Nearly Bookered! - The Fisherman

Nearly Bookered!

On December 31, President Trump signed the Modernizing Recreational Fisheries Management Act of 2018 into law. In his official statement at signing, the president said “The Act, however, further strengthens the Regional Fishery Management Councils, which were first established by the Magnuson-Stevens Act of 1976 to promulgate fishery management plans.”

“The power of these Councils has steadily increased over time, raising constitutional concerns related to the manner of the appointment and removal of their members and of members of certain scientific and statistical committees that assist them,” President Trump noted, adding “Keeping with past practice of the executive branch, my Administration will treat the plans promulgated by the Council as advisory only; the adoption of the plans will be subject to the discretion of the Secretary of Commerce as part of the regulatory process described in section 304 of the Magnuson‑Stevens Act.”

Not exactly a glowing endorsement. In the president’s own words, members of the regional management councils are only advisors; what actually gets implemented in terms of federal regulation ultimately comes from the Secretary of Commerce who oversees NOAA Fisheries.

The Modern Fish Act as it’s commonly referred was passed with much industry fanfare in the final hours of 2018. As we wrote when first breaking news of its late congressional movement at TheFisherman.com in early December (Modern Fish Act Gets Fixed Up For A Vote) there were a few sticky wickets inserted into the bill along the way; potentially most damaging of which was language requested by New Jersey’s own U.S. Senator Cory Booker, which would’ve toughened rebuilding requirements by 25 percent, potentially leading to fluke and sea bass regulations that were 25 percent more restrictive than under current federal law.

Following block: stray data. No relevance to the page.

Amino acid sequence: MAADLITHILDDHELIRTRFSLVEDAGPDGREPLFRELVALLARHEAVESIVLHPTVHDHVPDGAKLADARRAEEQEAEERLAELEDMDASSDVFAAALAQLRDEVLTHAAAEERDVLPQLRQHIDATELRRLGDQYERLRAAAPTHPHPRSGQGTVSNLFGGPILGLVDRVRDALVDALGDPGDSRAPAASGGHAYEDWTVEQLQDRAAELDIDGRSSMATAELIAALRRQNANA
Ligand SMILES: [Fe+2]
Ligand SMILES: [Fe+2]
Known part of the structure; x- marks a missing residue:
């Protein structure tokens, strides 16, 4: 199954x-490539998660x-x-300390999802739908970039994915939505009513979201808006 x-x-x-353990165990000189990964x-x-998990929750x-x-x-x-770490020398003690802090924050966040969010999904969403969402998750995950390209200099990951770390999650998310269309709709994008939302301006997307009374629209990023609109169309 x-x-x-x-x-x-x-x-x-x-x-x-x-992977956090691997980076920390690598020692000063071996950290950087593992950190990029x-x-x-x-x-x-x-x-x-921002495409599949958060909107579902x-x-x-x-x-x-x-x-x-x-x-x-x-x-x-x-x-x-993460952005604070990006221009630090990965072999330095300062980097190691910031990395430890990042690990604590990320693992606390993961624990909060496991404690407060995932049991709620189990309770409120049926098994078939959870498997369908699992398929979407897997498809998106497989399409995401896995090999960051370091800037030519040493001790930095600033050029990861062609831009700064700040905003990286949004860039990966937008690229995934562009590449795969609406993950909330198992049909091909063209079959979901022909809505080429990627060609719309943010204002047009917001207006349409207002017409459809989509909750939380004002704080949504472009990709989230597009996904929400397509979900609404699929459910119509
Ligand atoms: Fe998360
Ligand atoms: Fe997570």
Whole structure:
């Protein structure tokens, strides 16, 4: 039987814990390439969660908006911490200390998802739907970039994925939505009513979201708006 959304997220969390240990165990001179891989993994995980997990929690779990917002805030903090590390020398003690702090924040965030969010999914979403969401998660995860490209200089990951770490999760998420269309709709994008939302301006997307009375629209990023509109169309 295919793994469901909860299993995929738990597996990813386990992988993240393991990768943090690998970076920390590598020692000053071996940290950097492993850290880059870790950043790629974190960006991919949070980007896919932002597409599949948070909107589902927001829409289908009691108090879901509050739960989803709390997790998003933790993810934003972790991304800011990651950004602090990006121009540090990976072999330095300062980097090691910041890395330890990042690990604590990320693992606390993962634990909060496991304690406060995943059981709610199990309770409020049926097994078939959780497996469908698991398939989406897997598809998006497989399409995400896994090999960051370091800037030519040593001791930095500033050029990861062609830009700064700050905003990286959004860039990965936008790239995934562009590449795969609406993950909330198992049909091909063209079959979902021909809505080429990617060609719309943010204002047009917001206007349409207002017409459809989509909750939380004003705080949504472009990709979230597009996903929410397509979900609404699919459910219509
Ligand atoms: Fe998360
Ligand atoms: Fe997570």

Thankfully, Sen. Booker’s sadistic attack on his own fishing constituents was killed during a busy month of horse-trading on Capitol Hill. It’s important to keep in mind that the legislation was written specifically to address ongoing issues experienced by red snapper anglers in the south, so most of the Modern Fish Act’s legal linguistics will have little impact on coastal fisheries managed by the Mid-Atlantic Fishery Management Council (fluke, sea bass, porgies for example).

Because Booker’s poison pill amendment was removed, the bill thankfully does us little harm; but again, it may not really help us much either from a regulatory sense as existing federal law still takes priority. An analysis of the Modern Fish Act by the Senate Committee on Commerce, Science, and Transportation said, “The Committee does not intend for this clarification of Council authority to be interpreted as altering in any way the annual catch limits, accountability measures, national standards, or other sustainable fishing requirements of the MSA (Magnuson).”

In other words, pound-for-pound monitoring, strict annual catch limit requirements and rigid rebuilding requirements will continue under Magnuson requirements, so all that joy and wonder that comes from waiting for new black sea bass and fluke regulations to be handed down will continue. As President Trump said at the bill signing, the overarching federal law still takes priority, and his staff is still the boss.

“The one good thing the Modern Fish Act has done is that it’s gotten us some recognition on Capitol Hill of the millions of jobs sportfishing brings into the U.S. economy,” said Jim Donofrio, executive director of the Recreational Fishing Alliance (RFA).

Or as Glenn Hughes, president of the American Sportfishing Association (ASA) told The Fisherman in December, “While it’s not a complete overhaul of federal marine fisheries management, the version of the Modern Fish Act currently being debated in Congress does move the ball forward on addressing the management and data collection problems affecting many fisheries.”

I don’t expect any immediate changes in the way our fluke, porgies, bluefish or sea bass are managed federally by way of the Magnuson Stevens Act. On the other hand, the Modern Fish Act represents the first time the U.S. Congress has ever passed legislation focused exclusively on saltwater recreational fishing. So yes, we got that goin’ for us, which is nice.

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